Expert specializes in model train layouts for small rooms

EVERETT — Mike Scheerens has been a model train enthusiast his entire life.

When he was about 10 years old, he watched his father, James, build tracks for HO-scale trains, one of the largest models available. When his father tried a smaller model called N-scale, Scheerens remembers the size was better suited for him.

“He tried fiddling with the N-scale and he couldn’t do it because it was too small,” said Scheerens, 47. “He threw it away and I took it out of the garbage later and fixed it. I got it working.”

That fascination with model trains hasn’t disappeared. Scheerens earlier this month published a book, “Apartment Model Trains: Two Examples,” to share what he’s learned about building model train layouts in small apartments. It’s also a way to preserve the ideas he originally posted to a website.

Scheerens in December 1999 started building a model train layout that would loop throughout his roughly 500-square-foot, one bedroom Everett apartment. He attached the railway to wooden planks and positioned them under cabinets in his kitchen, around a stacked washer and dryer, and eventually around his bedroom.

He designed paper mountains and painted broken foam pieces with beads on it to look like seawall or rock. His basic construction tools were a 25-foot tape measure, a 45-degree triangle, pencils, a handsaw, Elmer’s wood glue and a cordless screwdriver fitted with drill bits.

The whole arrangement had to come down in 2007 when Scheerens, who works at Boeing, moved into a two-bedroom apartment. He dreamed up a layout supported on the tops of bookshelves and plastic storage containers. The layout wasn’t completed in 2011 when Scheerens moved again into his approximately 900-square-foot home. He started in September to build another layout where his black Lionel locomotive can now pull several cars along part of his living room wall. He’s planning to expand the route throughout his home.

“It’s kind of like an art,” he said.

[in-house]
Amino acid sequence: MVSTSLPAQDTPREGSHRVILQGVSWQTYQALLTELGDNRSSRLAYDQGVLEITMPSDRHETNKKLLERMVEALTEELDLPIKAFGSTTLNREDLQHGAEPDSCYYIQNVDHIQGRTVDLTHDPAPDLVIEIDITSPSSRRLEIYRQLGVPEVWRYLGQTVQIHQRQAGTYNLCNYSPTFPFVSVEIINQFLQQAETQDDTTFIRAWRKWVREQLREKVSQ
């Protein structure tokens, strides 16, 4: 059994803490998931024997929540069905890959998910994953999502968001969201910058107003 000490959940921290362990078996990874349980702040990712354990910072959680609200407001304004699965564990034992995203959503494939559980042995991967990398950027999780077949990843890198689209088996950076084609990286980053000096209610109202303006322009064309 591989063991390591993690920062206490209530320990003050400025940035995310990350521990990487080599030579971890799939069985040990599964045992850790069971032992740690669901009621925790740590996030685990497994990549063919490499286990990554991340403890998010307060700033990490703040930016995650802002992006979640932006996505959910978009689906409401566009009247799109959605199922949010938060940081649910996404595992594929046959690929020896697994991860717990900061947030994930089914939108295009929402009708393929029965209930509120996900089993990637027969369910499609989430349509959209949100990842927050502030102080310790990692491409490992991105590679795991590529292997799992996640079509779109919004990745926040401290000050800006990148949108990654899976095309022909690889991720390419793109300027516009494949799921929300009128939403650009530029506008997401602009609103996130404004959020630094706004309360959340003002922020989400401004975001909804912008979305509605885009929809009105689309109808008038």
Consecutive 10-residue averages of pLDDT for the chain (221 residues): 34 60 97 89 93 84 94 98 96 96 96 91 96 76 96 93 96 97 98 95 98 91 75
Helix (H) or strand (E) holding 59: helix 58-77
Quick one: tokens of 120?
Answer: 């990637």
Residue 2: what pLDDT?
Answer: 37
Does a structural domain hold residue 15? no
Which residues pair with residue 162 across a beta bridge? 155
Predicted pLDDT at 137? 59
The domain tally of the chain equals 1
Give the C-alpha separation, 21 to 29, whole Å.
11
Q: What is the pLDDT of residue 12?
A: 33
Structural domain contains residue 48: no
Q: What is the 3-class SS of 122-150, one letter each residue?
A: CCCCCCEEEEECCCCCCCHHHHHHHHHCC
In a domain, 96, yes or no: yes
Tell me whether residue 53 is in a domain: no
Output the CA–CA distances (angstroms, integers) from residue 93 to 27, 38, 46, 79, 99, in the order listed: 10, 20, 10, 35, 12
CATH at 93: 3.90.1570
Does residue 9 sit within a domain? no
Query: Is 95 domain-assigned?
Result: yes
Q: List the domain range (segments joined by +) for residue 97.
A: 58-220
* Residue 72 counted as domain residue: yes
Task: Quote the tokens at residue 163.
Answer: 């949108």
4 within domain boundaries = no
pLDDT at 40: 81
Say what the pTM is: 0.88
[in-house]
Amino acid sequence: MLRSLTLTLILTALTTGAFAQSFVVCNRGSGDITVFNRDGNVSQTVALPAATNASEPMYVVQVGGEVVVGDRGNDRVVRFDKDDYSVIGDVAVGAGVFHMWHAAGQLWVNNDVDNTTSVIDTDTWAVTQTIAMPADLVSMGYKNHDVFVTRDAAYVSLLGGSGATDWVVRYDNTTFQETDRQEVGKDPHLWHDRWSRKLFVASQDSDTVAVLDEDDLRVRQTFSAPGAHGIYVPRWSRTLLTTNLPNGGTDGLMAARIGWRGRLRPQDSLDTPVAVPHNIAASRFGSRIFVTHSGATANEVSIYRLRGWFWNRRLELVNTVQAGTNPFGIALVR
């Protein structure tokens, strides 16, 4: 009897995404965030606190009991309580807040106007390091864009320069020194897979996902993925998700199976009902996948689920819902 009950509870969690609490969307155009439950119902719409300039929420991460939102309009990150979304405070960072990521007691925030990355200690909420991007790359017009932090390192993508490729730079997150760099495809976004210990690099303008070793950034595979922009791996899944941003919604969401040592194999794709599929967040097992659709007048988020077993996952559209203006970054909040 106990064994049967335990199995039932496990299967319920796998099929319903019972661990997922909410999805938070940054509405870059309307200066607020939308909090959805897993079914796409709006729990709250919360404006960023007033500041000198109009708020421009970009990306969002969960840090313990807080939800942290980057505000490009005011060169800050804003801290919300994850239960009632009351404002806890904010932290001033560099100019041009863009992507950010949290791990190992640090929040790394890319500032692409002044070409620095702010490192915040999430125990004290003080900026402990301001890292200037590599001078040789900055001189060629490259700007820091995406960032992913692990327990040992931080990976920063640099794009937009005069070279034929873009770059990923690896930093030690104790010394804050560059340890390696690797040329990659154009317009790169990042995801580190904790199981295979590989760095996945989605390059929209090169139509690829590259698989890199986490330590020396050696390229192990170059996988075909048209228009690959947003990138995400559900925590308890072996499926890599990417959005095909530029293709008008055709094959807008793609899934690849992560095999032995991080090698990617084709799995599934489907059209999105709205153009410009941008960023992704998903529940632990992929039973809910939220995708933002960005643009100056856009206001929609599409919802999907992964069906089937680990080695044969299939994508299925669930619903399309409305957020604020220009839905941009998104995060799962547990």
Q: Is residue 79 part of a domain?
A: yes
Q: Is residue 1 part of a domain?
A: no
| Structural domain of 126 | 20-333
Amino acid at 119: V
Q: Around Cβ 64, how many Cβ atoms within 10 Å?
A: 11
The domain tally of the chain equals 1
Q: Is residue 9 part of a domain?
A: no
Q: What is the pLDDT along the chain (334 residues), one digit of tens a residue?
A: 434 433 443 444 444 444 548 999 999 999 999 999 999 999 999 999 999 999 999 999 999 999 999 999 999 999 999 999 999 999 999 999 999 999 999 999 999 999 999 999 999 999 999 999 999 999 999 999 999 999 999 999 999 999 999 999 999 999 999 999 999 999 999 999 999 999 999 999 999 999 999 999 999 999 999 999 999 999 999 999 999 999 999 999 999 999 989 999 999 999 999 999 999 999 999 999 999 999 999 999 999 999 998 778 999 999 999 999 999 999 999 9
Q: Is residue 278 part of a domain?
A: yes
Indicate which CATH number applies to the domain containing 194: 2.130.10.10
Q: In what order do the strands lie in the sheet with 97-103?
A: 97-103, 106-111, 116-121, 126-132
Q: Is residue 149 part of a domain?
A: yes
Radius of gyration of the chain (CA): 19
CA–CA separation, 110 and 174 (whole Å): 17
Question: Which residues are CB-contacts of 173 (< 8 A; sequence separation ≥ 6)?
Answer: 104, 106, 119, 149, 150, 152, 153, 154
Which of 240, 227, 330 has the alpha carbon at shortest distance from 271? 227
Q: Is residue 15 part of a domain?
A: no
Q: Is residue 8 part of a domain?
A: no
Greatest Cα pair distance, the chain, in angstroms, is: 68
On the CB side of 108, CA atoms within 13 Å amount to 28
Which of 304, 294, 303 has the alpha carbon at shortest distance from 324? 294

Scheerens said he’s found most of what he needs to build his layouts at local hobby and hardware shops.

One store which supplies Scheerens and others who build model train layouts is Broadway Hobbies in Everett. The store hosts a train club so people can share their layout ideas and problem-solving tips. The club’s discussions often include ways to build layout in small spaces, said Lou DeBenny, the store owner.

His store also sells magazines and books that can help create layouts, DeBenny added. Still, the most common problem he’s heard when it comes to building happens when the designing and buildings is supposedly complete.

“The beauty is that the second they say they’re done, they want to do something different,” he said.

Amy Daybert: 425-339-3491; adaybert@heraldnet.com.

More in Local News

Herald photos of the week

A weekly collection of The Herald’s best images by staff photographers and… Continue reading

John Miller, congressman, author activist, has died

He was known for his dedication to the marine industry, energy and human rights.

Church takes a quiet, contemplative approach to worship

Alternative services at First Congregational Church of Maltby offer “a good deal of silence.”

Funds up for council vote would aid conservation district

District stands to receive an extra $1 million each year, if the County Council gives its approval.

Snohomish County hosts its annual Focus on Farming conference

The event features a trade show as well as talks on agriculture, jam-making and more.

Supportive housing for man accused in attacking his mother

Mental state impaired man’s ability to appreciate the wrongfulness of his actions, judge rules.

Lynnwood mayor challenged by councilman in general election

Three City Council members also are facing challengers on the Nov. 7 ballot.

‘Horrific’ child-porn case: Former Arlington man sentenced

Raymond Devore, arrested in 2015, had a cache of disturbing photos and video on his cellphone.

500 tires go up in flames at a store south of Everett

There were no injuries. And it was nowhere near as bad as that months-long tire fire in 1984.

Most Read